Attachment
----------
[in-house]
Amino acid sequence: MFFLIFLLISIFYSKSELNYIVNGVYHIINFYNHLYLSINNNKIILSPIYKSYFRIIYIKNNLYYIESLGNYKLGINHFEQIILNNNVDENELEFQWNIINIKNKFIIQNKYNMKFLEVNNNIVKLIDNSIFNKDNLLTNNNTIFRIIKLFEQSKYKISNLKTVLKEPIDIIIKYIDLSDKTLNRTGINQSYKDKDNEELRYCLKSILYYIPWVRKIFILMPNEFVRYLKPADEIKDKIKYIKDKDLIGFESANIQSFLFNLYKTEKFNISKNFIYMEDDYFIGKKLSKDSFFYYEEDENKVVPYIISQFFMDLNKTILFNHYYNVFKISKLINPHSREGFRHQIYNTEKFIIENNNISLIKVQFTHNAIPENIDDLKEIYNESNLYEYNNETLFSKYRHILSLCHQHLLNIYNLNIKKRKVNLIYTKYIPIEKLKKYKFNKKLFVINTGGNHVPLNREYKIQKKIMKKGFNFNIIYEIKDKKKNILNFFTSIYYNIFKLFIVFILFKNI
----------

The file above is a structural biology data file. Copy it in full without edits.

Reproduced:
[in-house]
Amino acid sequence: MFFLIFLLISIFYSKSELNYIVNGVYHIINFYNHLYLSINNNKIILSPIYKSYFRIIYIKNNLYYIESLGNYKLGINHFEQIILNNNVDENELEFQWNIINIKNKFIIQNKYNMKFLEVNNNIVKLIDNSIFNKDNLLTNNNTIFRIIKLFEQSKYKISNLKTVLKEPIDIIIKYIDLSDKTLNRTGINQSYKDKDNEELRYCLKSILYYIPWVRKIFILMPNEFVRYLKPADEIKDKIKYIKDKDLIGFESANIQSFLFNLYKTEKFNISKNFIYMEDDYFIGKKLSKDSFFYYEEDENKVVPYIISQFFMDLNKTILFNHYYNVFKISKLINPHSREGFRHQIYNTEKFIIENNNISLIKVQFTHNAIPENIDDLKEIYNESNLYEYNNETLFSKYRHILSLCHQHLLNIYNLNIKKRKVNLIYTKYIPIEKLKKYKFNKKLFVINTGGNHVPLNREYKIQKKIMKKGFNFNIIYEIKDKKKNILNFFTSIYYNIFKLFIVFILFKNI